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Somebody shout "They Kill Bou-Cou-Meh, Oh God He Dead! He Dead!"

The warfare between two rival gangs Tokyo from Marabunta territory and Desperadoes was not anticipated to culminate in murder, but it did, after months of rioting for turf and prestige with the occasional buss-head and cutlass slashes, in this instance, in this clash, a dagger made from the fabled Stingray poisonous bone, found a home in the heart of Bou-Cou-Meh. He lay there on the pavement bleeding out as gangsters on both sides scampered from the scene, the sight of impending death frightened even the "Dreadest" among them, but not Kid Coolie, he stood his ground as the nemesis retreated, he waited and witnessed his friend's demise.

Bou-Cou-Meh and Kid Coolie were inseparable they said in the gang culture around town, they said "Bou-Cou-Meh was as deadly as a Cobra" and Kid Coolie was equally as vicious.

Fitzroy Pierre and I were playmates and neighbors on Clifton Hill, East Dry River long before he ever had designs of being a "Bad John" with the earned reputation and adorned nickname "Kid Coolie," in this place in time when to be called a "Coolie" was a derogatory term he wore the sobriquet as a badge of honor, the endowment of an untouchable stigma in gangland was in itself a status symbol. His being feared in the gang warfare circles as a long-handled-razor-toting-slasher was his claim to fame.

We were childhood buddies in our Kite-Flying and Marble-Pitching years, although from contrasting parental upbringing; my parents were strict disciplinarians, I had to go to school, there was no questioning that; Fitzroy on the other hand lived with his sick mother bedridden and dying of cancer, no father in the home and a wayward Auntie who wasn't concerned as to whether Fitzroy went to school or not, so with no parental guidance he was reckless, but he was my friend.

Fitzroy was a "Dougla," the term used to identify a person of mixed parentage of African and East Indian descent, the Indian of course was his absent father; in this time in our budding existence such a union was as strange as dog and cat in the same house. In those early years it was a rarity to see Blacks and Indians in a romantic interlude, so I never saw Fitzroy's father and I would assume neither did he. Eventually his mother Hilda succumbed to her illness and passed on, and Fitzroy moved out of the neighborhood. I heard through the grapevine that he now lived down by the La Basse in Marabunta territory which was beyond my exploratory perimeters, but his reputation traveled far and wide, and I heard he was one of the main players in the rivalry between Tokyo and Desperadoes, they said he rode "Shotgun" to Bou-Cou-Meh. I did not bless my eyes on my friend since he relocated, until "The Burial."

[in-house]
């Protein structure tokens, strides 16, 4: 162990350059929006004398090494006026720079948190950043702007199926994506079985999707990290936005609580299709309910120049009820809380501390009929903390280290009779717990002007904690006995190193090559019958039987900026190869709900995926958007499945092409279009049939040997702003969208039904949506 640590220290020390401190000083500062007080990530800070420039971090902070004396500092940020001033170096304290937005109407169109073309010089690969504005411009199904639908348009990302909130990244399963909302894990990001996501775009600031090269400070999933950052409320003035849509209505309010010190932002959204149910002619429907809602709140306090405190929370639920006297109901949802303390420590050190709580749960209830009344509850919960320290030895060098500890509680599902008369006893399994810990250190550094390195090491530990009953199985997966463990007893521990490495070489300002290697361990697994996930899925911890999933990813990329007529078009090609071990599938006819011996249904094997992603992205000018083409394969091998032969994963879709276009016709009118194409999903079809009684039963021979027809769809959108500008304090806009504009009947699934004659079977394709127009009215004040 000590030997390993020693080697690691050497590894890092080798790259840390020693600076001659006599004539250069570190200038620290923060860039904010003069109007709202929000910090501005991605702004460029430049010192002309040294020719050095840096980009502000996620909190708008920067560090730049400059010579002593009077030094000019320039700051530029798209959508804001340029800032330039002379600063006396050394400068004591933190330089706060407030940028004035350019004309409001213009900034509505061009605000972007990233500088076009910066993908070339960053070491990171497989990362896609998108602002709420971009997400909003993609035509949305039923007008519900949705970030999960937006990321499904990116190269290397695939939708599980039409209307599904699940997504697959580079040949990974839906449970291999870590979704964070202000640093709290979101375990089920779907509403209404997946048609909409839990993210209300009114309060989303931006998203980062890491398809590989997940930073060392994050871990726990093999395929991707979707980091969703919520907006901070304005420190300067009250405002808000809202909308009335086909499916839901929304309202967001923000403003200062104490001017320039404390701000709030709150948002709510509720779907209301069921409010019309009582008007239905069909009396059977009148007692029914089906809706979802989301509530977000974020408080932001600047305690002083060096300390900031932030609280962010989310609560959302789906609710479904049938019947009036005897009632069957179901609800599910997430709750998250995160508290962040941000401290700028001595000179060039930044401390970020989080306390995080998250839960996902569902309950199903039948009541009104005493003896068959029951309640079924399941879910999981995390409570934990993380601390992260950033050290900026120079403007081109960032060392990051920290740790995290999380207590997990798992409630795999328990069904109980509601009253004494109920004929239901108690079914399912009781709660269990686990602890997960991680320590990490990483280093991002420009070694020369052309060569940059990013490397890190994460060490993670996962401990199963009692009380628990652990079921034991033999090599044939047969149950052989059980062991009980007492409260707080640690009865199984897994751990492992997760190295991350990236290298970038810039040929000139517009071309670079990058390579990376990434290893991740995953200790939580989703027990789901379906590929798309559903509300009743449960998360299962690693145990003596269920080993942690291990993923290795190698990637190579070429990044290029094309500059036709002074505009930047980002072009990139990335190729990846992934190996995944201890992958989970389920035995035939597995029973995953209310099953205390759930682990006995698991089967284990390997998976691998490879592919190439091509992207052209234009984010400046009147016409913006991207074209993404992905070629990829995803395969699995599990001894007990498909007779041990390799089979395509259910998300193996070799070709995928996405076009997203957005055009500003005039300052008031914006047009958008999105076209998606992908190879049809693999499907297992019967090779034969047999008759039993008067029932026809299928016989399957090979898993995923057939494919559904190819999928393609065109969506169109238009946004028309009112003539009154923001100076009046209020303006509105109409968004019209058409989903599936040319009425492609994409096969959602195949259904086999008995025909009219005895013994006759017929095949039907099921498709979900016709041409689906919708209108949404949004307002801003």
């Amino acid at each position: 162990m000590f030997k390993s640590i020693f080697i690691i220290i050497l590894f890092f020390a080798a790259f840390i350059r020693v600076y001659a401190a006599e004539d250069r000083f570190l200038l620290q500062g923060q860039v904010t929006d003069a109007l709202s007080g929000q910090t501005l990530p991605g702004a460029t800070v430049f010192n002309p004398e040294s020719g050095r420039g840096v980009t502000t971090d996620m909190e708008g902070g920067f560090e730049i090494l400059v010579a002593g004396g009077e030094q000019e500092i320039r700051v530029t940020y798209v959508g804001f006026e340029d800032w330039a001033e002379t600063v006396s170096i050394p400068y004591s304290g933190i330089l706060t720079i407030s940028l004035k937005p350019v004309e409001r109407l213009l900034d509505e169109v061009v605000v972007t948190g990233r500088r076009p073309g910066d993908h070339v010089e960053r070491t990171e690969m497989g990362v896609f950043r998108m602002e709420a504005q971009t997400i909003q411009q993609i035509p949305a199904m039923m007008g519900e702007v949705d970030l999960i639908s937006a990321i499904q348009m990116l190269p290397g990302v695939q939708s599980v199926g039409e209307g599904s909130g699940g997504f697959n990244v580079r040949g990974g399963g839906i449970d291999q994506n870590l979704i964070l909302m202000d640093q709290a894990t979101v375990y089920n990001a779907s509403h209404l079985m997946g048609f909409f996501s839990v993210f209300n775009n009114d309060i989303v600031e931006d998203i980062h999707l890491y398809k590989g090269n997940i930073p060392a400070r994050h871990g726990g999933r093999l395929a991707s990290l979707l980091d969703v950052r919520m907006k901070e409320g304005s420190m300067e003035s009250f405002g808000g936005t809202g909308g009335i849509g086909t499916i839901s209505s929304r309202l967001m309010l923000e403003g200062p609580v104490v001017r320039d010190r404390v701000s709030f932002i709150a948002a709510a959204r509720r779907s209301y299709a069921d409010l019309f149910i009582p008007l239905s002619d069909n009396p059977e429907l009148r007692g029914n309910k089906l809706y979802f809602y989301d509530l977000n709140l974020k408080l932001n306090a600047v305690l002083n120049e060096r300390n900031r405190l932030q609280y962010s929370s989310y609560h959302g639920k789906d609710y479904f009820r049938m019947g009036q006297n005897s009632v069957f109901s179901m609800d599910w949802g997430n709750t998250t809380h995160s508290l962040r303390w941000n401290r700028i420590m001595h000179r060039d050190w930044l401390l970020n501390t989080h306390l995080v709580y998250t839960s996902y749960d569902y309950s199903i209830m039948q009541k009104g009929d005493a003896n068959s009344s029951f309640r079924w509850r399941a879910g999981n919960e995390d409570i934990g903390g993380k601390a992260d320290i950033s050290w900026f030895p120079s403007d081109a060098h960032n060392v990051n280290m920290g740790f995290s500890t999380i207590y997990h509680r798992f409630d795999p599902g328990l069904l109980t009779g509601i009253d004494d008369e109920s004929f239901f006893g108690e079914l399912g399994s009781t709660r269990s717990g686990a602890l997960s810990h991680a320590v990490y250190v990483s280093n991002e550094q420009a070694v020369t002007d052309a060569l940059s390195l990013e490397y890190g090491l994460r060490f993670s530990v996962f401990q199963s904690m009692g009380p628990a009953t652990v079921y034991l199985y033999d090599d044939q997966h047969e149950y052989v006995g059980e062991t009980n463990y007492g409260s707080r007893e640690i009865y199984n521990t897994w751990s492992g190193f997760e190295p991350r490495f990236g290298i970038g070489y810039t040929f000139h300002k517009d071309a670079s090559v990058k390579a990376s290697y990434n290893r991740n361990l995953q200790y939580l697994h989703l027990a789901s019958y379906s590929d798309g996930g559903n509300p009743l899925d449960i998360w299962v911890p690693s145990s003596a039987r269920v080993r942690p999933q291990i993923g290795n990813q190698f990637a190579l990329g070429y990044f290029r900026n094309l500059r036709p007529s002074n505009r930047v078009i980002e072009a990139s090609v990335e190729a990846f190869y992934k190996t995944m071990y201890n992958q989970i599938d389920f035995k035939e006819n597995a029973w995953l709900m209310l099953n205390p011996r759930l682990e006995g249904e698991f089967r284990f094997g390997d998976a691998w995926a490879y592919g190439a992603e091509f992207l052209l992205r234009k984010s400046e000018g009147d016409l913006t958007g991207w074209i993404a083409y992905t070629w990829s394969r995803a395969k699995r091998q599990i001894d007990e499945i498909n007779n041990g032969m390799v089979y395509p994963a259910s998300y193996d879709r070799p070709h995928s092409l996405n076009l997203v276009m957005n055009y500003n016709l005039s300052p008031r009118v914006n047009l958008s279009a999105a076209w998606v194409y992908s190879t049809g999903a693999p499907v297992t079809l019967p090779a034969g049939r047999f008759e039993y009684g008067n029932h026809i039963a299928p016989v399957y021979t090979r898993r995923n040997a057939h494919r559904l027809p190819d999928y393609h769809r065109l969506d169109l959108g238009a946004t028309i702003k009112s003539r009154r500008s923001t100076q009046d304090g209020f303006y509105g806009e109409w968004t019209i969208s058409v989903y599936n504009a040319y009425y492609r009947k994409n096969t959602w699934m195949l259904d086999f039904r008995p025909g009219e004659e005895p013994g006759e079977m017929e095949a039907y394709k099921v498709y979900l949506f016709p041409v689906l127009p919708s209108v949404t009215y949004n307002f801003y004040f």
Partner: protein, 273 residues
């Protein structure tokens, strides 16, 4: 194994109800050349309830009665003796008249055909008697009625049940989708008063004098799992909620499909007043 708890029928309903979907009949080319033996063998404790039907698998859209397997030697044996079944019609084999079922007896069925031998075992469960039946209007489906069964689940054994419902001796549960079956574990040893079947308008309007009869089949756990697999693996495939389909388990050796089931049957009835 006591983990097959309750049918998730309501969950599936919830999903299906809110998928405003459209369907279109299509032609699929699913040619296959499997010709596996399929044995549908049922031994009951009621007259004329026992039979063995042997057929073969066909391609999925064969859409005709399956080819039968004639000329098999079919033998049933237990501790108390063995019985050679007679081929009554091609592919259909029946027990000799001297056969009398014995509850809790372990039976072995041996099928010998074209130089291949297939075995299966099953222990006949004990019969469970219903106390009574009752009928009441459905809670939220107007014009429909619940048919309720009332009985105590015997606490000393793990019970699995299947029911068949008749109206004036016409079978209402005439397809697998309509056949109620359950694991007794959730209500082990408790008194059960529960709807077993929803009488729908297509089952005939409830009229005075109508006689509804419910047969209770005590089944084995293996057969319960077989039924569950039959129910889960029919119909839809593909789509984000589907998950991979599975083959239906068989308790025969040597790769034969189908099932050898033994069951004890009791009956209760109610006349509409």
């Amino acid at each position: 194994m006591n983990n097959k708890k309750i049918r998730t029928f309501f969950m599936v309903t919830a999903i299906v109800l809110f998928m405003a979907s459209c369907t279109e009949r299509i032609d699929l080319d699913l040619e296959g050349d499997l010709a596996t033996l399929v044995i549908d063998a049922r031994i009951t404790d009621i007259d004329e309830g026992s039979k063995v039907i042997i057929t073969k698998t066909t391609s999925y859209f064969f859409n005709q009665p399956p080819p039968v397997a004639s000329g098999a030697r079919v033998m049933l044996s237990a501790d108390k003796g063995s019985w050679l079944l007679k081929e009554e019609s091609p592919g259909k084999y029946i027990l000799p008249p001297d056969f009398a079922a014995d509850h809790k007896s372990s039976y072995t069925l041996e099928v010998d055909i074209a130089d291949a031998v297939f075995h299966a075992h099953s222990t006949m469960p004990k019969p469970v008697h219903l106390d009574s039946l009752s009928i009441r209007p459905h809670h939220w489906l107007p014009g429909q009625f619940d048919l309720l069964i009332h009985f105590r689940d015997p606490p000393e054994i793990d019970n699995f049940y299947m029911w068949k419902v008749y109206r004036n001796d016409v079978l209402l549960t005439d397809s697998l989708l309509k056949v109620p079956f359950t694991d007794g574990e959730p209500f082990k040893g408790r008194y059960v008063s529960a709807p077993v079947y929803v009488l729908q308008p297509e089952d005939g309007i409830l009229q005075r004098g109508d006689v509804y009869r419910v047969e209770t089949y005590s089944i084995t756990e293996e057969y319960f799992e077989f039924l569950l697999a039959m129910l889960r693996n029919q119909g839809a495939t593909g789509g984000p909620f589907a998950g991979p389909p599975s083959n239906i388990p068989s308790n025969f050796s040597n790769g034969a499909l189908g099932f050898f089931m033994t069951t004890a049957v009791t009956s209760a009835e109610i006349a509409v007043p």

There was a "WOW" factored over our city with Bou-Cou-Meh's death, everywhere there was gossip, and rumors about "Who Dunnit."  While funeral arrangements were being made the air was tense with anticipation, would there be repercussions?  One wondered. But the gang warfare however subsided to a distant whisper, maybe the dawning on the Warmongers of the new reality that in warfare death is possible. Gang clashes in our city was somewhat traditional then, particularly around the Carnival Season when the women in our midst would vie for attention and entice rivalry among their menfolk, but Murder!  Was never in the cards, Never....

Today is the funeral of Bou-Cou-Meh and as the procession gathered there is a drizzle of rain,  but the sun is shining and there is a rainbow in the sky. An elderly gentleman whispered with pensive revelation "Rain Falling, Sun Shining, the Devil And He Wife Fighting For Bou-Cou-Meh;" as the procession began its march from Marabunta territory through the city attracting sympathizers, followers and onlookers on its way to Lapeyrouse Cemetery. There is an aura of celebration in the air which contradicts the anticipated sadness, as the crowd thickens an onlooker shouts as the Funeral Hearse wends its way down the avenue, "Rest In Peace Bou-Cou-Meh" and there was jubilation in and out as an electric frenzy seemed to spark the procession, as it entered the Cemetery grounds.